UH STEM RISE Addresses Opportunity Gaps for High School Students in Third Ward

Program Offers Learning Advantages to Third Ward High School Students

A partnership between the Third Ward community and the University of Houston is providing opportunities for high school students to gain exposure to science, technology, engineering and math (STEM) research. That’s the goal of UH’s STEM Research Inquiry Summer Experience (STEM RISE).

STEM RISE Students
Students from Jack Yates High School take part in the University of Houston’s STEM Research Inquiry Summer Experience (STEM RISE) program. UH undergraduates and medical students also gain beneficial skills as mentors in the program.

A Collaboration for Success

STEM RISE is a collaborative effort between the UH College of Natural Sciences and Mathematics, NSM’s teachHOUSTON STEM teacher preparation program, the UH Tilman J. Fertitta Family College of Medicine and Jack Yates High School in Houston’s Third Ward.

“We are aware that students of color are underrepresented and underestimated in terms of their potential when it comes to pursuing STEM degrees and STEM careers,” said Mariam Manuel, director of STEM RISE Student Success and clinical assistant professor for the teachHOUSTON program. “One way to combat that is through STEM RISE’s nurturing environment in a STEM research setting.”

The program is open to all students at Yates and takes place over the summer, allowing students to attend six weeks of classes geared exclusively to STEM RISE participants and to gain experience in research labs at UH.

UH STEM majors and medical students act as near-peer mentors for the high school students. The Yates students who participated in 2022 said giving up their summer was worth the knowledge they gained.

“You’re learning new things that other kids are missing out on,” said Zander Harris, who is currently a senior at Yates High School. “You’re getting a step ahead of your peers.”

Path to a STEM Career

Myia Andrews appreciated how her experience with STEM RISE was not just enjoyable, but also presented valuable opportunities for future growth. “Students are gaining crucial experience while having fun,” said Andrews, a junior at Yates High School.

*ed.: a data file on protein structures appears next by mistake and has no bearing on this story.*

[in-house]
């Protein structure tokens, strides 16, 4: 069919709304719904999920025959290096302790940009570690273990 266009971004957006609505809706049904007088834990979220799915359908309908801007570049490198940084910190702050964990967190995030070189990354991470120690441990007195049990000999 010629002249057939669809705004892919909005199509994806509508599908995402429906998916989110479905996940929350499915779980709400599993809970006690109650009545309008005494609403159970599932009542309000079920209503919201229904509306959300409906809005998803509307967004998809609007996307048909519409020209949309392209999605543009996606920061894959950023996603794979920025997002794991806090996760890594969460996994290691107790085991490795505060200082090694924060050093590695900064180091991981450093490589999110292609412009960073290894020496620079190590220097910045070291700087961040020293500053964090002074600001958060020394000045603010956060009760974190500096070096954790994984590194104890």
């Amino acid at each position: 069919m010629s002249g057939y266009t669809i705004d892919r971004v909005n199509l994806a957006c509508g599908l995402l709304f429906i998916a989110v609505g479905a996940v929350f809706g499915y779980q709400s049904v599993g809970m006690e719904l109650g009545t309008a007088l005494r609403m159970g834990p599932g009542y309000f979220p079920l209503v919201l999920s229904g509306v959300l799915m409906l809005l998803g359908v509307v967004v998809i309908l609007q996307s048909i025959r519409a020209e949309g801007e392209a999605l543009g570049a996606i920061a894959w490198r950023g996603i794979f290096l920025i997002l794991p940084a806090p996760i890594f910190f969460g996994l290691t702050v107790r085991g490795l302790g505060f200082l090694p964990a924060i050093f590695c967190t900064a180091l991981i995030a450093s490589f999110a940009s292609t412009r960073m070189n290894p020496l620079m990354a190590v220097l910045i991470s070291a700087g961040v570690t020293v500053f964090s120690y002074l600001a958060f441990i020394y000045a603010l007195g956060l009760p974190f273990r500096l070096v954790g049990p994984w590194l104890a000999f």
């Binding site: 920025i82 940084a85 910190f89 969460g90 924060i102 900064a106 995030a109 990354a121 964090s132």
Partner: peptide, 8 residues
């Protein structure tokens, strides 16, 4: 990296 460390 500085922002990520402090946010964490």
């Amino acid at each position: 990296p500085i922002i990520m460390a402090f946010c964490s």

STEM RISE Students
Students from Jack Yates High School collaborate on a project during the STEM RISE program at UH. The program, held during the summer, offers students opportunities to excel in STEM.

Other students noted the career training aspect of the program. “It provided me with a great learning experience by allowing me to interact with college students who are already getting the training they need for a STEM career,” said Jada Preston, a junior at Yates High School.

Training Benefits and Research Opportunities for Undergraduates

While high school students benefit from exposure to new STEM concepts, the program also offers advantages for UH undergraduates through coursework and research lab experiences.

“The research methods course allows our undergraduates to create STEM-based lessons that will be useful to our Jack Yates partners in the lab,” said Jacqueline Ekeoba, director of STEM RISE Instruction and lecturer/STEM master teacher for the teachHOUSTON program.

This work to create STEM lessons gives UH teachHOUSTON students, who are STEM majors, valuable experience as they prepare for a career teaching secondary math and science.

Plans for 2023

STEM RISE is building upon its success as it enters 2023. The program will have a more intentional focus on connecting high school mentees with UH STEM faculty role models. The high school students will be able to interview and connect with the faculty mentees during the program.

This summer, STEM RISE will increase participation to 10 students from Yates High School. Recruitment begins in March 2023. The program will also include up to 16 UH STEM undergraduates and six medical students.

The Summer 2023 STEM RISE program is slated for June 5-July 28, 2023.

Working Together for One Goal

STEM RISE was honored with the 2022 Stand Up for STEM Educational Organization Award from the Texas Girls Collaborative Project for advancing women and girls in STEM.

In 2023, the program will build upon partnerships with Houston’s Third Ward community, and strengthen the layered mentorship between high school students, undergraduates and medical students.

The STEM RISE program is made possible through funding from the National Science Foundation, as well as private funding from UH alumni and community partners.

- Chris Guillory, College of Natural Sciences and Mathematics